The results are in from a public survey to inform the future of recycling and waste services in Aberdeenshire.
The Big Recycling Challenge survey was run by Aberdeenshire Council in February 2018 to find out residents’ views on some of the proposals to increase recycling in the area. Almost 4,000 survey responses were received
At the moment the recycling rate is 43.5%, meaning over half of the materials put into local landfill bins are recyclable through existing services. That’s 30,000 tonnes of recyclable materials being sent to landfill at a cost of £3.5million a year.
Recycling generally costs less than half of landfilling waste. If all recyclable waste was recycled effectively, the area’s recycling rate could be well over 70%, also saving lots of taxpayers’ money.
A new recycling and waste strategy is being developed to ensure Aberdeenshire maximises the benefits from the waste it produces as a community.
The new strategy will also help comply with new regulatory requirements banning landfilling of biodegradable waste by 2021, and work towards meeting reuse and recycling targets set by the Scottish Government – 60% by 2020 and 70% by 2025.
The survey was the first part of engagement with residents; a full public consultation on the new waste strategy will take place in the autumn.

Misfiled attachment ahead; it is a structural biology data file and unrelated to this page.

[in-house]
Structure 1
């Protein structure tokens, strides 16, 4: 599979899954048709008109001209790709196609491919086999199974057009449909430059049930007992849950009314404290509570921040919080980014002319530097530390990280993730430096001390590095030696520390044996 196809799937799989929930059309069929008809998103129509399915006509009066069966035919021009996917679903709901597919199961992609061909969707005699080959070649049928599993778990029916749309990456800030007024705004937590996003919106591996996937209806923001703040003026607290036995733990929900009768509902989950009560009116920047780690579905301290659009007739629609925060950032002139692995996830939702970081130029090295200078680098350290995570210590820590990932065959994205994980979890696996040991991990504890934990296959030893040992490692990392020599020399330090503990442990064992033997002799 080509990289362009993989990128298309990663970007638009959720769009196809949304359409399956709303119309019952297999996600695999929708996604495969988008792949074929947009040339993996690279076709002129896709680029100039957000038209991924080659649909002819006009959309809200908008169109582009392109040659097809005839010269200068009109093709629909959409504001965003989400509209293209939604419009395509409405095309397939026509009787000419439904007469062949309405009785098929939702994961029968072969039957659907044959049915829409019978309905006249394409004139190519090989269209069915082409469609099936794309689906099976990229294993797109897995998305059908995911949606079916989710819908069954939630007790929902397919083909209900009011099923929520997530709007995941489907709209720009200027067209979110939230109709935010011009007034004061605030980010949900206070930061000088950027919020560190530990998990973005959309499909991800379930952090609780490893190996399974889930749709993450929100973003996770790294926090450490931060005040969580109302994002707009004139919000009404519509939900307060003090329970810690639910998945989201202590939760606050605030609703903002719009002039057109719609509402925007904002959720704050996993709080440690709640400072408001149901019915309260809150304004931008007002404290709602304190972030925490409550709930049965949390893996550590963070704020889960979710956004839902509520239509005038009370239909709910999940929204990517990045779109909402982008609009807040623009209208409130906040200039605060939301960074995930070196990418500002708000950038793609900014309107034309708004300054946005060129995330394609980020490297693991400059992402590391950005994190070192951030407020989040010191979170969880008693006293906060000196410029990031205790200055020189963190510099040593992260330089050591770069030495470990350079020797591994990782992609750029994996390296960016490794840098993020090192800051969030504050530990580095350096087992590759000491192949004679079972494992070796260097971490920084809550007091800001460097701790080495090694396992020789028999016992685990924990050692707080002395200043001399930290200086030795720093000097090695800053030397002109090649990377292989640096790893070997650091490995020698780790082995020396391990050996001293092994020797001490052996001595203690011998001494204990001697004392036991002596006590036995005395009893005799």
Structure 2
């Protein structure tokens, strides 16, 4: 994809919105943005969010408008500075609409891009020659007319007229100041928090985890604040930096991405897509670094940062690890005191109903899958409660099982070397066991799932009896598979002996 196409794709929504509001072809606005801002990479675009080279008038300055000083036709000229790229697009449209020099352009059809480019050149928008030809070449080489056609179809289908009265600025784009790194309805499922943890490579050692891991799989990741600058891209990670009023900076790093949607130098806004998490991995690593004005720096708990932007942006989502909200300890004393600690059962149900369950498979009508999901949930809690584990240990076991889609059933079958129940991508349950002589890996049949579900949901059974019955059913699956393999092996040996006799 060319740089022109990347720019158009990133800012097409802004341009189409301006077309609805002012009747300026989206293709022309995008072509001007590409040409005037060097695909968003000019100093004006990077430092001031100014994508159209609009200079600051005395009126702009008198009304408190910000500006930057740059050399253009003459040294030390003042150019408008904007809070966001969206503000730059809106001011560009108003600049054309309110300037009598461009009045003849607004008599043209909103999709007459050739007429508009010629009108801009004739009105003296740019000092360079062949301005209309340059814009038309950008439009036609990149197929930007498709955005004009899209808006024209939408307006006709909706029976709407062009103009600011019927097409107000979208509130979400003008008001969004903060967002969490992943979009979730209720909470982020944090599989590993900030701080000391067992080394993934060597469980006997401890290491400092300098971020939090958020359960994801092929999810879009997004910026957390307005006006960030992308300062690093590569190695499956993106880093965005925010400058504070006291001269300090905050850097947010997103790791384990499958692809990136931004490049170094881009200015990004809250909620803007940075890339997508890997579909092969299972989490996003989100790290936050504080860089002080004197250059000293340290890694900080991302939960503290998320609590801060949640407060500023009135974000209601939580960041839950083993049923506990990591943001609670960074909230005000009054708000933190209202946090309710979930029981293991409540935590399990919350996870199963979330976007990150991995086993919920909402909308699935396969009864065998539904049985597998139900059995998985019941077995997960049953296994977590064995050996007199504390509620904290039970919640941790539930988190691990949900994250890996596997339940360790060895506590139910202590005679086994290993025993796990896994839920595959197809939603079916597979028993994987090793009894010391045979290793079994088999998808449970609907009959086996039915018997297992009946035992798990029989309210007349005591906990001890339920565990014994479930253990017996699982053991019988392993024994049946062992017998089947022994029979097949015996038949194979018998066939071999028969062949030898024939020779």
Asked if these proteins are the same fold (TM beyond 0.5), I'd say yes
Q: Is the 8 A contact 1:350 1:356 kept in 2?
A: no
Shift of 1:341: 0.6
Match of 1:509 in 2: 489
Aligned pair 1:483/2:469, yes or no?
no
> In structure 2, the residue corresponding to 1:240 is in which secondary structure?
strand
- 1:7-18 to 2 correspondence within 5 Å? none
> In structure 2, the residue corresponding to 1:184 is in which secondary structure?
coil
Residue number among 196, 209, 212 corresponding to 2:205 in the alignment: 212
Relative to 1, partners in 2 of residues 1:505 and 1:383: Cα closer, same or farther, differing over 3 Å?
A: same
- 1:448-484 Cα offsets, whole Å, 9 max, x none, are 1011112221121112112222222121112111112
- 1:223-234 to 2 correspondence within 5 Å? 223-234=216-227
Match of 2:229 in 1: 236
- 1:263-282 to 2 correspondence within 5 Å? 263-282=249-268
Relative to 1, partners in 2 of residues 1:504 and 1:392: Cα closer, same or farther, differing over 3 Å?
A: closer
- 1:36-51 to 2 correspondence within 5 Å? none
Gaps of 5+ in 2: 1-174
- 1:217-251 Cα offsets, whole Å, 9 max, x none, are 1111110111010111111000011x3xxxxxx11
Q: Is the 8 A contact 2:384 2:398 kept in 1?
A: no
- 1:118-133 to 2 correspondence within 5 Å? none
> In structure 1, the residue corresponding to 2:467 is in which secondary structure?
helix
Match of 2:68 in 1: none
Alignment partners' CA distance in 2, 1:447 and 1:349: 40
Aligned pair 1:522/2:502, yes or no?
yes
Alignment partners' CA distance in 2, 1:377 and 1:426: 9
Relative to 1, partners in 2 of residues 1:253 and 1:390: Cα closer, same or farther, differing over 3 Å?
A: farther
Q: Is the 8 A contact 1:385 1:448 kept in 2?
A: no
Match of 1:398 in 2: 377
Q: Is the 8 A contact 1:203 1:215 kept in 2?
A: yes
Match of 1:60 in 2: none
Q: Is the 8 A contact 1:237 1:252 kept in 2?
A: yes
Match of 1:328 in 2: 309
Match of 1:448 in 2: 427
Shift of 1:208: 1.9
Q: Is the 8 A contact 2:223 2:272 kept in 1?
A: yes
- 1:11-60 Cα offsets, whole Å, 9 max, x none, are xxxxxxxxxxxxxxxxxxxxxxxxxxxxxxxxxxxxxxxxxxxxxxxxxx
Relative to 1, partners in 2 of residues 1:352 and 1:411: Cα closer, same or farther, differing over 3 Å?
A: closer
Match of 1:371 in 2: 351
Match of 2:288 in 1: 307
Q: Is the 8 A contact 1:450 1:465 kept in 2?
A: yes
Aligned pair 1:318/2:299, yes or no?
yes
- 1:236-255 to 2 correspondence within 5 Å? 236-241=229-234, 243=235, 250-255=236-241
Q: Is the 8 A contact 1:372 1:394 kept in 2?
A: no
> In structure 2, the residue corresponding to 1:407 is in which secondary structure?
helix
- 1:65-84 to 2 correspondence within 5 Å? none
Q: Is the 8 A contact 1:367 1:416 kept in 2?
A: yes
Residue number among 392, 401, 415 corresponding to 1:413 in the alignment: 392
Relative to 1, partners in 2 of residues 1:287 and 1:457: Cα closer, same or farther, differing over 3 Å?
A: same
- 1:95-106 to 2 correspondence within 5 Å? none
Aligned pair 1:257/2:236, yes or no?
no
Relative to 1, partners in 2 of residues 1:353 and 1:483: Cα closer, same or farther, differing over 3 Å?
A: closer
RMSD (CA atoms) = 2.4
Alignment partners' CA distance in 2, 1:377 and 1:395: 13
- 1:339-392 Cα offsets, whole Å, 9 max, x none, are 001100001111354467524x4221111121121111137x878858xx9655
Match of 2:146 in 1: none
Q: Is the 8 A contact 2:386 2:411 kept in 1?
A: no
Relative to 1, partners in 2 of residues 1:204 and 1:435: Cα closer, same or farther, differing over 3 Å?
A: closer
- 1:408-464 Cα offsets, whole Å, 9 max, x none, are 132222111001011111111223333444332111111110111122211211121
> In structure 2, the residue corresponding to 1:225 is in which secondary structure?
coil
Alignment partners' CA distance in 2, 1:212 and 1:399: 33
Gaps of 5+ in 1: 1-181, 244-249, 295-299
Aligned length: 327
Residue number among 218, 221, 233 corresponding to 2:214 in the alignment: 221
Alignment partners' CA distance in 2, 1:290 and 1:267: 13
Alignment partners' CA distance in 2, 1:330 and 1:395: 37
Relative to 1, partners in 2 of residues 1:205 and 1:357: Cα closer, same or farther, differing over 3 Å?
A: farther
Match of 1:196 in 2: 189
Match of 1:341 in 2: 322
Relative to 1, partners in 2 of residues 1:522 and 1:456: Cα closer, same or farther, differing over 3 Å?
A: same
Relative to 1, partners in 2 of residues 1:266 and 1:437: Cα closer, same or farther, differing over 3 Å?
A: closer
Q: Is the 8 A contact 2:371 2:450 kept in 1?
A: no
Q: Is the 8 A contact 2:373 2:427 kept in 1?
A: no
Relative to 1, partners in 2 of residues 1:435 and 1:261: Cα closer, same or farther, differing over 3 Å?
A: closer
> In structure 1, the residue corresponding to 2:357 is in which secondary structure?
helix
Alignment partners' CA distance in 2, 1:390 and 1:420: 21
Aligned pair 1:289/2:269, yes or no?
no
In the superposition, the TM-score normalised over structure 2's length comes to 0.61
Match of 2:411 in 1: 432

Head of Roads, Waste and Landscape Services, Philip McKay, said: “As well as missing out on significant environmental and local benefits, we are literally spending millions of pounds of taxpayers’ money dealing with material that should have been recycled. This money could be much better spent on other essential services.
“The services currently provided should allow us all to recycle over 70% of the waste we produce.
“While we will continue to provide information to residents about how to use the current services, we clearly have to make some changes in the way we all deal with items that we no longer have a use for.
“We all have a role to play, by firstly reducing the amount of waste we produce, and secondly by thinking carefully about what we should do with items we no longer have a use for, but that could be reused or recycled.
“The process of producing the strategy will involve further public consultation and I’d encourage everyone to have their say to ensure we have the best possible approach as a community to dealing with this issue in coming years.”
The survey also found 88% put their blue recycling bin out for collection every time, and 59% already fully use their weekly recycling bin capacity (or require a second bin).
Over 1,700 suggestions for new glass recycling points were received – these are currently being followed up with a view to installation in communities.
You can see all of the survey results, which give a snapshot of local recycling habits and preferences here